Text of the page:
How Europe can reduce dependence on Russian gas, according to IEA
Solar panels and wind turbines in Normandy’s Seine-Maritime district on Monday January 24, 2022. Nathan Laine/Bloomberg via Getty Images
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Europe’s dependence on natural gas from RussiaThis has allowed Vladimir Putin to have leverage over the European Union and made it difficult for the European Union to impose sanctions on Russia as punishment for the invasion of Ukraine.
It will be difficult to turn off Russian natural gas’s spigot quickly. It’s because both the EU and Russia are so dependent upon it. Also, the EU has pledged to cut its greenhouse gas emissions.
In 2021 the EU imported almost half of its gas imports from Russia (45%), and nearly 40% of all the gas that it consumed. Although technically feasible, switching from natural gas burning to coal burning is not going to make the EU more climate-friendly.
International Energy Agency, an international energy agency with over 2,000 members. 31 national governmentsIt believes there is a better way.
This organization released recently a plan to help Europe reduce dependence on Russian natural gases by one third in one year, while adhering to its existing policies. the European Green DealAn EU Agreement to Reduce Net Greenhouse Gas Emissions by At least 55% by 2030 from 1990 Levels
The IEA’s drawdown, aptly named “A 10-Point Plan to Reduce the European Union’s Reliance on Russian Natural Gas,” is a collection of actions that will diversify Europe’s energy supply, accelerate its move towards renewables and focus on energy efficiency.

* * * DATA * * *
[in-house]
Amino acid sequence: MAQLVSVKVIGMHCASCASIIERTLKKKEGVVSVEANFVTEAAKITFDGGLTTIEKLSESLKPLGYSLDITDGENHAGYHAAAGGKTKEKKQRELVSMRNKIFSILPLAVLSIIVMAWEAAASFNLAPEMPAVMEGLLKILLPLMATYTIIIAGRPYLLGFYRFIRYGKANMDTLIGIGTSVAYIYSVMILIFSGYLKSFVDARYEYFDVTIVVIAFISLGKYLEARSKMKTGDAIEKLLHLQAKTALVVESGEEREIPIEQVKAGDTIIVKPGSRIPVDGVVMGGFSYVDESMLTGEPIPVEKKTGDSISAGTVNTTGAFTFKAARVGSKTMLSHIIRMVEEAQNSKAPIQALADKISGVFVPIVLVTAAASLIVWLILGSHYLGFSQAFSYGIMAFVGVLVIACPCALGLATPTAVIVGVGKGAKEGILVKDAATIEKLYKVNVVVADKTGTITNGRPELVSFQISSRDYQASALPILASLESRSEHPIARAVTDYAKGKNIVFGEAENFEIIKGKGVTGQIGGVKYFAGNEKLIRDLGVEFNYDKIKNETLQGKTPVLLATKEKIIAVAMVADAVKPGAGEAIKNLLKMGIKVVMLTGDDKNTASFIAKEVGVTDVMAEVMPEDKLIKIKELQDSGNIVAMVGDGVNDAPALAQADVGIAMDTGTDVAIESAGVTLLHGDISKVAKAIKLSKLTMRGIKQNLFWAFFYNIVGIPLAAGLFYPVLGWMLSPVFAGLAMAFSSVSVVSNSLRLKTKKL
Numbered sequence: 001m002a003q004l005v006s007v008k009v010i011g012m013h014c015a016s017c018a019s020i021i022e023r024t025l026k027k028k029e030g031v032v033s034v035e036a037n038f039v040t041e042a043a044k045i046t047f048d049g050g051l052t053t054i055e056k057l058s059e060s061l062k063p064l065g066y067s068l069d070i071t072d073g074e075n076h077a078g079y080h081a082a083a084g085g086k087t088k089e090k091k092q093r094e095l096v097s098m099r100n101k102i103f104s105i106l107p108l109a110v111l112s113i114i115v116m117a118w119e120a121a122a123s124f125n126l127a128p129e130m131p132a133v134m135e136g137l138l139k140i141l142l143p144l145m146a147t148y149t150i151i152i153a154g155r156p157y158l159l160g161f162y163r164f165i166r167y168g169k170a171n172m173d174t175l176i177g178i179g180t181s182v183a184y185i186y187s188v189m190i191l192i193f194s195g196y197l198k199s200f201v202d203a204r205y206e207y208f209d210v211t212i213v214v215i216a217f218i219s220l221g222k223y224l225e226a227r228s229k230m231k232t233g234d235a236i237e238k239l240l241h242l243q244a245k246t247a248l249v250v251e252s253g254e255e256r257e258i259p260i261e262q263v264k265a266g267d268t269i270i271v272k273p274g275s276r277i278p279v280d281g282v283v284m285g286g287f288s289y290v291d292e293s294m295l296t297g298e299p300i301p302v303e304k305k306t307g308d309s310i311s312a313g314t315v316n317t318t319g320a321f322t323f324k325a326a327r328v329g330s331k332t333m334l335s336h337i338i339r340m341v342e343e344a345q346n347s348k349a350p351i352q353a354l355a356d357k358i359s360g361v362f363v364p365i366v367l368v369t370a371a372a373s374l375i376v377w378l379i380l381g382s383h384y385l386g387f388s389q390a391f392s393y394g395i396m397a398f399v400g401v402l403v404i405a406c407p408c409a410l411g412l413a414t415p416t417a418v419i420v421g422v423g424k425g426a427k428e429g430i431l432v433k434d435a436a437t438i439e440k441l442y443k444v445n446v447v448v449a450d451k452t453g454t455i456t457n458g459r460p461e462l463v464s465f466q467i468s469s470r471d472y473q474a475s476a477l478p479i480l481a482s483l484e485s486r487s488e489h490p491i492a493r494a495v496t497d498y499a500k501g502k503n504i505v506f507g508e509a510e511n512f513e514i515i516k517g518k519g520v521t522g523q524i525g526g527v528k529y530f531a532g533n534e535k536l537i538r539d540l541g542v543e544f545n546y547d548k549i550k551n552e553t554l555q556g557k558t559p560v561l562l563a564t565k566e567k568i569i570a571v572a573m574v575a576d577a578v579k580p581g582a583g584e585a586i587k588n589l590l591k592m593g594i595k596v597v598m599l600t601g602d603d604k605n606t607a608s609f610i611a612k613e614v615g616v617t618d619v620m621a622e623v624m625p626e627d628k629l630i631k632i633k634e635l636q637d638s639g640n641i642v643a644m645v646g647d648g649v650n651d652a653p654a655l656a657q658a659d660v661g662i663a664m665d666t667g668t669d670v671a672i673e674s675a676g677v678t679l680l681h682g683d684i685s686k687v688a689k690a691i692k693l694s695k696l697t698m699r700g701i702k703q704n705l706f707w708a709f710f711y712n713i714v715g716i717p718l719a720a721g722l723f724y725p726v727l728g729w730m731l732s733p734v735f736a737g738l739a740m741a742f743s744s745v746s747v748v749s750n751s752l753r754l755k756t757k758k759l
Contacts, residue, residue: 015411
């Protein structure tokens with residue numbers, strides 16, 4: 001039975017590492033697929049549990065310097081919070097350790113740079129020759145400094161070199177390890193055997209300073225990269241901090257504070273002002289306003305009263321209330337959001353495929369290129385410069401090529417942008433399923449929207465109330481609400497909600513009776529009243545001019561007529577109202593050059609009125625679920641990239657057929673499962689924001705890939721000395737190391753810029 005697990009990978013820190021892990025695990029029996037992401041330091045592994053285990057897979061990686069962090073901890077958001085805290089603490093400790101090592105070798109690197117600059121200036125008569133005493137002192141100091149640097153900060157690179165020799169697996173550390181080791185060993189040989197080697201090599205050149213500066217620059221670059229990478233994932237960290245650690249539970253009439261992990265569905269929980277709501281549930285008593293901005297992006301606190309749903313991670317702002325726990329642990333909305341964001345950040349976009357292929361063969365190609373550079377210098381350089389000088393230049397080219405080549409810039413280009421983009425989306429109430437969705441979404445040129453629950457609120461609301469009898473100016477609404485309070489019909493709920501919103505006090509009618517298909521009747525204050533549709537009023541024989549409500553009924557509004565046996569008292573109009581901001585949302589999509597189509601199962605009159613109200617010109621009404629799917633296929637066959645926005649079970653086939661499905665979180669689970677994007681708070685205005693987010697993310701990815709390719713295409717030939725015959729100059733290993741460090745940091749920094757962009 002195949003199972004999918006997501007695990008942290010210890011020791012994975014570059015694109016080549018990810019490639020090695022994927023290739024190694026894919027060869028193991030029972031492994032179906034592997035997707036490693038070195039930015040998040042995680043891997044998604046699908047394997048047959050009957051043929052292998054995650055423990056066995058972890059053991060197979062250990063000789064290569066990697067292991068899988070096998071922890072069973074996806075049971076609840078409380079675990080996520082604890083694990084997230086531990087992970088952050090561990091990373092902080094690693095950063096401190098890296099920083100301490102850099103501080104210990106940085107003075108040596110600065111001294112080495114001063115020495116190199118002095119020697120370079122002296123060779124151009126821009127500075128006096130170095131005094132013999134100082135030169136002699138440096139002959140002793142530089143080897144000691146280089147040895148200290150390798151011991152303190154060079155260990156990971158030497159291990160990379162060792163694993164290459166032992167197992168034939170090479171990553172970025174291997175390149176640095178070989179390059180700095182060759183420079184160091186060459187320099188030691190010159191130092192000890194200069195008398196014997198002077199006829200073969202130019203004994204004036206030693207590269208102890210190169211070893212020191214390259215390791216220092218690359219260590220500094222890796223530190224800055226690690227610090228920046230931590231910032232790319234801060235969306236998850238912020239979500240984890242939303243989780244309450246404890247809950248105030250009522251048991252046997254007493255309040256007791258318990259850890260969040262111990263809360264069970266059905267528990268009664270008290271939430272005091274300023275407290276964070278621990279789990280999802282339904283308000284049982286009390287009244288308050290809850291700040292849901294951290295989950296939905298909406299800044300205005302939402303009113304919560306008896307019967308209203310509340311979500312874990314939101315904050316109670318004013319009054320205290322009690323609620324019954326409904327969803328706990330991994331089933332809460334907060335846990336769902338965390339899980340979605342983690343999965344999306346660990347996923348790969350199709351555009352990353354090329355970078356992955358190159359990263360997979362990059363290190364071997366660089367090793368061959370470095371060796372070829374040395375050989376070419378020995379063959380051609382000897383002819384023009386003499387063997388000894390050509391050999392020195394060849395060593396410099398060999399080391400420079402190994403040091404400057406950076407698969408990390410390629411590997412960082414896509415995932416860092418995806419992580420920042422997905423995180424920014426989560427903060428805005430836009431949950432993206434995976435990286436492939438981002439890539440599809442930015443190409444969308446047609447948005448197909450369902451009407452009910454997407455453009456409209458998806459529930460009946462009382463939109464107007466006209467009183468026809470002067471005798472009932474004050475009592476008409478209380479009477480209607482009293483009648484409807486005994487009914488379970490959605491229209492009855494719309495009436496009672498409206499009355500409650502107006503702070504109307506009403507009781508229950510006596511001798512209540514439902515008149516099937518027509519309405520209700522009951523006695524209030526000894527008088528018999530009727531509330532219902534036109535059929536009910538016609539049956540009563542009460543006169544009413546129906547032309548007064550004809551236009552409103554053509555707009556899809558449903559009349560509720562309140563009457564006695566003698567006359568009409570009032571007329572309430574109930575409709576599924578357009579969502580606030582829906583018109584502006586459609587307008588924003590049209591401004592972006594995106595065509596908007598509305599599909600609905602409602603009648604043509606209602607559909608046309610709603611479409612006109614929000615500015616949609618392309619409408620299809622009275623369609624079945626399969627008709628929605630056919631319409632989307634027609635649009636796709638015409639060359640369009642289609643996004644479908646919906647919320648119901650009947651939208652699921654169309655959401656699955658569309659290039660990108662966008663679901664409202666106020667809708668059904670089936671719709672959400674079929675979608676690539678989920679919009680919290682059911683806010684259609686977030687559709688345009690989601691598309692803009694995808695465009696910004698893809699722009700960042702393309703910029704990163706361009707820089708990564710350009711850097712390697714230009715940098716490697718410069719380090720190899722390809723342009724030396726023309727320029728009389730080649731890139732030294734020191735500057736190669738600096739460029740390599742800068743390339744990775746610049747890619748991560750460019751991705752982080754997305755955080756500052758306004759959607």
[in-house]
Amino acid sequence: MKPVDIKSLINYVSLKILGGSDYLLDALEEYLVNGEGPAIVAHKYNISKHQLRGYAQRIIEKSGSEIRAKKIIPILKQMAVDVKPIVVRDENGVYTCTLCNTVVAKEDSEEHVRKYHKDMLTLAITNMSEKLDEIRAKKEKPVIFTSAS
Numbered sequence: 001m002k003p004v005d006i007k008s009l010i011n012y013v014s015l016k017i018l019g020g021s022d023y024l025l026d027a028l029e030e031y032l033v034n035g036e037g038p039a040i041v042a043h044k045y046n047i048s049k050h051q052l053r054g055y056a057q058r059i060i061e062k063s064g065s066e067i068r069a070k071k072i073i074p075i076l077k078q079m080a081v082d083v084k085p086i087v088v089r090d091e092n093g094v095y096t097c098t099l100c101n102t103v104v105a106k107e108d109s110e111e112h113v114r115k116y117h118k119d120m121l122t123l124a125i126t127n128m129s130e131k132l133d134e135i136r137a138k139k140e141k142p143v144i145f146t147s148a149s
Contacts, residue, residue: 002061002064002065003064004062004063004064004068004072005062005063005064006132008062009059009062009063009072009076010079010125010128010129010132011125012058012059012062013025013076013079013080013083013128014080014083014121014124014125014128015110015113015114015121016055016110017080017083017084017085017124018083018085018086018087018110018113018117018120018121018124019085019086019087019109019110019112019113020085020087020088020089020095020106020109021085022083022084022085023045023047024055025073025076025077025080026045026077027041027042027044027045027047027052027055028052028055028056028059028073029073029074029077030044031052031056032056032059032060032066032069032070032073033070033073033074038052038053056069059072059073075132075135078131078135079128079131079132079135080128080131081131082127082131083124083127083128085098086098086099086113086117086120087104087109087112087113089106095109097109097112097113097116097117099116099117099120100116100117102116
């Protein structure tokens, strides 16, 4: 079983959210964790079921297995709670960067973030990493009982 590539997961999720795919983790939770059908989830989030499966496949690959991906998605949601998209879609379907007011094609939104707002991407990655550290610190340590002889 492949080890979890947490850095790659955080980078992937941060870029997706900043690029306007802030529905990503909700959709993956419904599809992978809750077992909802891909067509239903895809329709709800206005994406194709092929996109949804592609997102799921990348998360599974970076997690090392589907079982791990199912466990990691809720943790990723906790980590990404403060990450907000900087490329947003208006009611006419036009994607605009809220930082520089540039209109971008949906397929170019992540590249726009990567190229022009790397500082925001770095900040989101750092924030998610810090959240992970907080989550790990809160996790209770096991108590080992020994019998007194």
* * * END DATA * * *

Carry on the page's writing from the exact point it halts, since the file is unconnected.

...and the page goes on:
“Nobody should be under any illusions.” “Nobody is under any illusions anymore. Russia’s economic and political use of natural gas resources in Russia shows Europe that Europe must act fast to avoid significant uncertainty about Russian gas supplies next winter,” Fatih Birol, Executive Director at IEA said. written statement announcing the plan.
Below is a list of all ten suggestions:
Retire from gas supply agreements with Russia The European Union is currently in a contract agreement with Gazprom (a Russian state-owned multinational energy corporation) for 15 billion cubic meters per year. This contract will expire in 2022. That and other EU gas import contracts should expire.
Replacing Russian natural gas that has expired with other natural gas agreements from other countries is possible. The domestic production and imports of natural gas from non-Russian countries, such as Azerbaijan or Norway, will increase by up to 10 billion cubic metres in the next year compared with 2021. This should help. However, the IEA recommends that EU increase its imports. liquid natural gas (LNG), which is natural gas that has been cooled to a liquid state at about -260° Fahrenheit so it can more easily be transported in ships or trucks.
The IEA recommended that the EU boost its supply of biogas and biomethane, however these supply chains are slow to grow. The same is true for supply chains of low carbon “green” hydrogen produced by electrolysis.
Stock up on gas. The storage of gas provides a buffer for security, whether it is in case of extreme events, changing seasons or war. To keep winter homes warm, the IEA will have a 90% working storage capacity by October 1.